Poll finds majority of parents with school-aged children now favor mask mandates for unvaccinated

A majority of parents with school-aged children support mask mandates for teachers and school staff members who are not vaccinated against the coronavirus, a poll found.

A Gallup poll published on Tuesday found that 60% of parents of kids in kindergarten through 12th grade support making face coverings required for teachers and school staff who are unvaccinated. Gallup’s poll did not ask whether people supported face masks for those who are vaccinated against the virus. When it comes to a requirement for vaccines, a majority of adults, 60%, support making the COVID-19 vaccine mandatory for high school students.

The percentage dips just below the majority among parents of school-aged children to 47% supporting a vaccine requirement. For middle school students, support is slightly lower, with 56% of adults and 43% of parents supporting the requirement of the coronavirus vaccine in schools. Currently, vaccines for the virus in the U.S. are only approved for use in people aged 12 years and older, and parents of kids not yet eligible for the vaccine support mask mandates in schools.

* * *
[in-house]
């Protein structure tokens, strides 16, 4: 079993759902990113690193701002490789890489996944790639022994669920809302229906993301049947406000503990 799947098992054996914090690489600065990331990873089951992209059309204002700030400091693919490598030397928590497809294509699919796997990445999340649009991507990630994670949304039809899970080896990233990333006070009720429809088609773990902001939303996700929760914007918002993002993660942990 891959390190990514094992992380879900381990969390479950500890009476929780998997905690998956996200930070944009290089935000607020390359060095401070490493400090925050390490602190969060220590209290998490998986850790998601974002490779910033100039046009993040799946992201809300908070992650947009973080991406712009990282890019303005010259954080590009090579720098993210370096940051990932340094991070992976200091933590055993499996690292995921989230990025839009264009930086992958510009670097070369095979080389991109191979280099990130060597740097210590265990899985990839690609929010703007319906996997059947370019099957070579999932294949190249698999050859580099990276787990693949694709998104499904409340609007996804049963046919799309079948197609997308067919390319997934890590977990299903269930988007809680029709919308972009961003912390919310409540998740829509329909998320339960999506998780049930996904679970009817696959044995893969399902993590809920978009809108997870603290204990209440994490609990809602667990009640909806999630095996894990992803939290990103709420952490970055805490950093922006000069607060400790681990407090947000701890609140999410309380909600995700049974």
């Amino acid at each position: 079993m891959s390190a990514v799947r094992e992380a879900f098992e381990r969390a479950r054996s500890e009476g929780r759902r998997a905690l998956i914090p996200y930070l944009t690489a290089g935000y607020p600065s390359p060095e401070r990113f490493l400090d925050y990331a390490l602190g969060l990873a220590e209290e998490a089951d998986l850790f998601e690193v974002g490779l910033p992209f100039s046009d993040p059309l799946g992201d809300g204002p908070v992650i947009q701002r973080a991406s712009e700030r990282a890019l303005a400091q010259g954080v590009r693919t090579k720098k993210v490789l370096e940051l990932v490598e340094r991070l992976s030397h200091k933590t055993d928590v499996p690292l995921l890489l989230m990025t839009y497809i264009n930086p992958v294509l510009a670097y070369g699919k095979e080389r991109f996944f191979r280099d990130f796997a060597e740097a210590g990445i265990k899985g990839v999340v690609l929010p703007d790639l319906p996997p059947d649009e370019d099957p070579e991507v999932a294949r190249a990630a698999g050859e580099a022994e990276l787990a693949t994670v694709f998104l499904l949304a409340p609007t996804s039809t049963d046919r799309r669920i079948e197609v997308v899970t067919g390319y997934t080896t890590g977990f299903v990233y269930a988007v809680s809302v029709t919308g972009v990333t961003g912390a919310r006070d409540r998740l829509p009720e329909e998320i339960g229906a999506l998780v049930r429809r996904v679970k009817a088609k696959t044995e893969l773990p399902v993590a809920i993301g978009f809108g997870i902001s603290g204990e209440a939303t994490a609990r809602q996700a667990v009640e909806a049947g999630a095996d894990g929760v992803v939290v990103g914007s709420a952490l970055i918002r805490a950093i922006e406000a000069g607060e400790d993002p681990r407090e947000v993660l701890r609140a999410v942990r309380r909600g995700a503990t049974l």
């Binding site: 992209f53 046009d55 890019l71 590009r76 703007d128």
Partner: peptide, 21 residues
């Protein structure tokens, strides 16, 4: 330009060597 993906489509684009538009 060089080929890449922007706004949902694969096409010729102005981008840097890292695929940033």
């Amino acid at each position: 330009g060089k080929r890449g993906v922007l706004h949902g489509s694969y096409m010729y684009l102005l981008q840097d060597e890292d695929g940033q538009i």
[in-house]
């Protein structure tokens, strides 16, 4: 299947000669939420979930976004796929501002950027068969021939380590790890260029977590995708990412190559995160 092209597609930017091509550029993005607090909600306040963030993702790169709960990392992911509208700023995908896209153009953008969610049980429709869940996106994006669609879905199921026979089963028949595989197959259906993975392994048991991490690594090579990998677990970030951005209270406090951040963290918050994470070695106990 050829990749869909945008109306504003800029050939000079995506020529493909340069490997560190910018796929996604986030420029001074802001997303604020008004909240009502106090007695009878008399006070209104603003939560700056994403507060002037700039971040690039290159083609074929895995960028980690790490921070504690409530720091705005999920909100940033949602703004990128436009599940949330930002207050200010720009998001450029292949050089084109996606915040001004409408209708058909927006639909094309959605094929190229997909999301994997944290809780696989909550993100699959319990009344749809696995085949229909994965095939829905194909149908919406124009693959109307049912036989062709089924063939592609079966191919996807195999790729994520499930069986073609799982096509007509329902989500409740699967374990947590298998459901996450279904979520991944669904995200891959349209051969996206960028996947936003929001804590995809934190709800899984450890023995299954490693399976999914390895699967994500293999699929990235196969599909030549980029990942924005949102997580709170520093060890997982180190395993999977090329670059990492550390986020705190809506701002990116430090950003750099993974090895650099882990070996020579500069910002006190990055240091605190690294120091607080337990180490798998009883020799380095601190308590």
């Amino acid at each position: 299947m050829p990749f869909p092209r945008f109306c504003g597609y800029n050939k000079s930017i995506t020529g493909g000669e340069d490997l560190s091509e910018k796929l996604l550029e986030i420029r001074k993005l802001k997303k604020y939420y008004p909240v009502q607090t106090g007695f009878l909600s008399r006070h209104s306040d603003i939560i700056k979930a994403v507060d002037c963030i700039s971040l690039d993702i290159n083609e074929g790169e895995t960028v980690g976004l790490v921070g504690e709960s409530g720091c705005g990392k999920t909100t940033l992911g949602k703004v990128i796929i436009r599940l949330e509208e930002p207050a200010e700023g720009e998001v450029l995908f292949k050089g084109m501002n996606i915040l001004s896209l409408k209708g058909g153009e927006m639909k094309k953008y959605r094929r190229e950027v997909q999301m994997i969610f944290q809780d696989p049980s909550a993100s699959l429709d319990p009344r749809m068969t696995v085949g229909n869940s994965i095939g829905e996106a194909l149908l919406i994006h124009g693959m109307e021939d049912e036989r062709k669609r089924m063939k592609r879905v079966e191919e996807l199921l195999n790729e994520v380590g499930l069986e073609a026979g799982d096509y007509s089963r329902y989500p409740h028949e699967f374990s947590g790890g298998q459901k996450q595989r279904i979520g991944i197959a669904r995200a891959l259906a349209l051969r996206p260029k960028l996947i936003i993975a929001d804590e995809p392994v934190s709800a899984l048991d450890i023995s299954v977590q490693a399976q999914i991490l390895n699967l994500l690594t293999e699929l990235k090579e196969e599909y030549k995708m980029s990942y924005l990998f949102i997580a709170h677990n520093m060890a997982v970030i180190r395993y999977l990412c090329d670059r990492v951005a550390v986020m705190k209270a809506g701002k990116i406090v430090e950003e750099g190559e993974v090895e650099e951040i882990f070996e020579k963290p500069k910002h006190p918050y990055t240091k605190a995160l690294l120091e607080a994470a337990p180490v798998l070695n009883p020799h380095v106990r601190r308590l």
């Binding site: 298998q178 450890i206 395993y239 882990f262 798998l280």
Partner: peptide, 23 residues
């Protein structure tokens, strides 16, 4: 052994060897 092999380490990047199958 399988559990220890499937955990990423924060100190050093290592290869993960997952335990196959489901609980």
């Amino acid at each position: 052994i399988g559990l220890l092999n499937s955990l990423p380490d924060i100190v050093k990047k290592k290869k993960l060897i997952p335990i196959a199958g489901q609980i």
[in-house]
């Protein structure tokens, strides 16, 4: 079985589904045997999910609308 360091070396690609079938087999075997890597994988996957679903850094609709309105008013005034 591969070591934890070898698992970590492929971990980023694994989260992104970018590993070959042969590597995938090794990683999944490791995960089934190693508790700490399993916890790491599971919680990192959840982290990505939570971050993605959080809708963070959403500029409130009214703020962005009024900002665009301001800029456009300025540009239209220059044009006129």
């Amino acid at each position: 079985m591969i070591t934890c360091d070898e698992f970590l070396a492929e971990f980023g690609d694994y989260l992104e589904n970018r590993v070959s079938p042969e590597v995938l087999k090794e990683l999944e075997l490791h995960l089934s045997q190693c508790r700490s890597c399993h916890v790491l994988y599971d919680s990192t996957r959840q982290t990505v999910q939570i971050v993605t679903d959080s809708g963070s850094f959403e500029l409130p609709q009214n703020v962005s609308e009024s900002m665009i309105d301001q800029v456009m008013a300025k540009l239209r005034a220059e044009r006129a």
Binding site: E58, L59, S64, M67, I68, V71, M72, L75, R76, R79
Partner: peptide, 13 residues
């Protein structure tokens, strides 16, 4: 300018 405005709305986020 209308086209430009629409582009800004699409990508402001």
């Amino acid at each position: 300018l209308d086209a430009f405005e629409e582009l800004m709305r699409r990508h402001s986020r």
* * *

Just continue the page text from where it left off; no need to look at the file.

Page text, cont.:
Fifty-six percent of parents of children under 12 years old support mask requirements in schools for unvaccinated students and 61% support requirements for unvaccinated teachers and staff. Gallup’s poll comes as the Centers for Disease Control and Prevention issued guidance that even people fully vaccinated against COVID-19 wear masks indoors in public or in areas with high levels of transmission of the virus.

Support for face masks, however, varies widely among those who are and are not vaccinated. Eighty-four percent of parents of students aged 12 to 18 years old who are vaccinated support face coverings for unvaccinated students compared to just 35% of parents of students who are not vaccinated.



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Paul, 37, is from Scotland in the UK, but currently lives and works in Bangkok. Paul has worked in different industries such as telemarketing, retail, hospitality, farming, insurance, and teaching, where he works now. He teaches at an all-girls High School in Bangkok. “It’s a lot of work, but I love my job.” Paul has an active interest in politics. His reason for writing for FBA is to offer people the facts and allow them to make up their own minds. Whilst he believes opinion columns have their place, it is also important that people can have accurate news with no bias.

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